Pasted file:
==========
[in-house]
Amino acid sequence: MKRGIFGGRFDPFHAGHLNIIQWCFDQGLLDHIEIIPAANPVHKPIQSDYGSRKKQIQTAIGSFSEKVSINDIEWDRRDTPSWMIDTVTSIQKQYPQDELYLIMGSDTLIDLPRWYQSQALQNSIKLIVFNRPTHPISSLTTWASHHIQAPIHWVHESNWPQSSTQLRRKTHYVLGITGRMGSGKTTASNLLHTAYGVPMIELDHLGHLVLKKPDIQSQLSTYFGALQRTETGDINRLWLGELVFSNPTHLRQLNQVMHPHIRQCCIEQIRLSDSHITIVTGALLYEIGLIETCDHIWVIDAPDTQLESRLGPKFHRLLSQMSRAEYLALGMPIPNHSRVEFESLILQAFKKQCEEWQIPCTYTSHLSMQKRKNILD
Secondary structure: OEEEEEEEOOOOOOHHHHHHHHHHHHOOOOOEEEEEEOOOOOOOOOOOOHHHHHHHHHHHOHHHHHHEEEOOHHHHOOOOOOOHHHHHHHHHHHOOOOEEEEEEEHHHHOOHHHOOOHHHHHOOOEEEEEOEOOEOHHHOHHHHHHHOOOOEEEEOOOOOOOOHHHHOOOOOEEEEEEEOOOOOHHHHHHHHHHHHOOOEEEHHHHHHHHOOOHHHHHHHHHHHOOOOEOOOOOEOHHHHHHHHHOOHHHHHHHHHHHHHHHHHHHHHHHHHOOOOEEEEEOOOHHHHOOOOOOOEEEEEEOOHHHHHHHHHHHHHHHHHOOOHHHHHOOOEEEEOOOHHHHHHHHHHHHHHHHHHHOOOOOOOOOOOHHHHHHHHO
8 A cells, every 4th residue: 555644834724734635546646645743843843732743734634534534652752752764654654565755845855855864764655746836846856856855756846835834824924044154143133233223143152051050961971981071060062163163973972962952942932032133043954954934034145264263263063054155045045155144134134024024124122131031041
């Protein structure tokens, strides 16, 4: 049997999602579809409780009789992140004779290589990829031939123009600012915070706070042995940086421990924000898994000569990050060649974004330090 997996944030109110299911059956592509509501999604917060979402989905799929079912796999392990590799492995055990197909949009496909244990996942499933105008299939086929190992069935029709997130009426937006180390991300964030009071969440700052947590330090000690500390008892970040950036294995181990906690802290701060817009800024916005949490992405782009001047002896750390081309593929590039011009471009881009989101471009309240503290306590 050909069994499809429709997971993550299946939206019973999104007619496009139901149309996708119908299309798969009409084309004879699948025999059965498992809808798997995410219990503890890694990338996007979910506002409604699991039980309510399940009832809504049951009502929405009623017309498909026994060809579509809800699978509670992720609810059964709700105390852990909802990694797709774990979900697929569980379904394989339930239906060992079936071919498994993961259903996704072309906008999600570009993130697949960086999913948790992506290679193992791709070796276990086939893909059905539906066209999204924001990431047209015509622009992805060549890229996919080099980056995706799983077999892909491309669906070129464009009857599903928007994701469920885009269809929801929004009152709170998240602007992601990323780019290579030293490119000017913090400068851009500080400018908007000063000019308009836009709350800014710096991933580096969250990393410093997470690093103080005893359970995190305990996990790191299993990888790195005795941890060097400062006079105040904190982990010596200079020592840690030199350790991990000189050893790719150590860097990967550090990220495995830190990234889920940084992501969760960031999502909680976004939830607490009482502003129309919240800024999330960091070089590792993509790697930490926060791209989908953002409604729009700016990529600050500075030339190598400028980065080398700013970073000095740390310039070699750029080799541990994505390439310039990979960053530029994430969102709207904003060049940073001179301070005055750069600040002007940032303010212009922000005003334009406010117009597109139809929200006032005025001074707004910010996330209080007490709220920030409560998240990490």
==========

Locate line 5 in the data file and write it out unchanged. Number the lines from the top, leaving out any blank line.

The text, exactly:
């Protein structure tokens, strides 16, 4: 049997999602579809409780009789992140004779290589990829031939123009600012915070706070042995940086421990924000898994000569990050060649974004330090 997996944030109110299911059956592509509501999604917060979402989905799929079912796999392990590799492995055990197909949009496909244990996942499933105008299939086929190992069935029709997130009426937006180390991300964030009071969440700052947590330090000690500390008892970040950036294995181990906690802290701060817009800024916005949490992405782009001047002896750390081309593929590039011009471009881009989101471009309240503290306590 050909069994499809429709997971993550299946939206019973999104007619496009139901149309996708119908299309798969009409084309004879699948025999059965498992809808798997995410219990503890890694990338996007979910506002409604699991039980309510399940009832809504049951009502929405009623017309498909026994060809579509809800699978509670992720609810059964709700105390852990909802990694797709774990979900697929569980379904394989339930239906060992079936071919498994993961259903996704072309906008999600570009993130697949960086999913948790992506290679193992791709070796276990086939893909059905539906066209999204924001990431047209015509622009992805060549890229996919080099980056995706799983077999892909491309669906070129464009009857599903928007994701469920885009269809929801929004009152709170998240602007992601990323780019290579030293490119000017913090400068851009500080400018908007000063000019308009836009709350800014710096991933580096969250990393410093997470690093103080005893359970995190305990996990790191299993990888790195005795941890060097400062006079105040904190982990010596200079020592840690030199350790991990000189050893790719150590860097990967550090990220495995830190990234889920940084992501969760960031999502909680976004939830607490009482502003129309919240800024999330960091070089590792993509790697930490926060791209989908953002409604729009700016990529600050500075030339190598400028980065080398700013970073000095740390310039070699750029080799541990994505390439310039990979960053530029994430969102709207904003060049940073001179301070005055750069600040002007940032303010212009922000005003334009406010117009597109139809929200006032005025001074707004910010996330209080007490709220920030409560998240990490």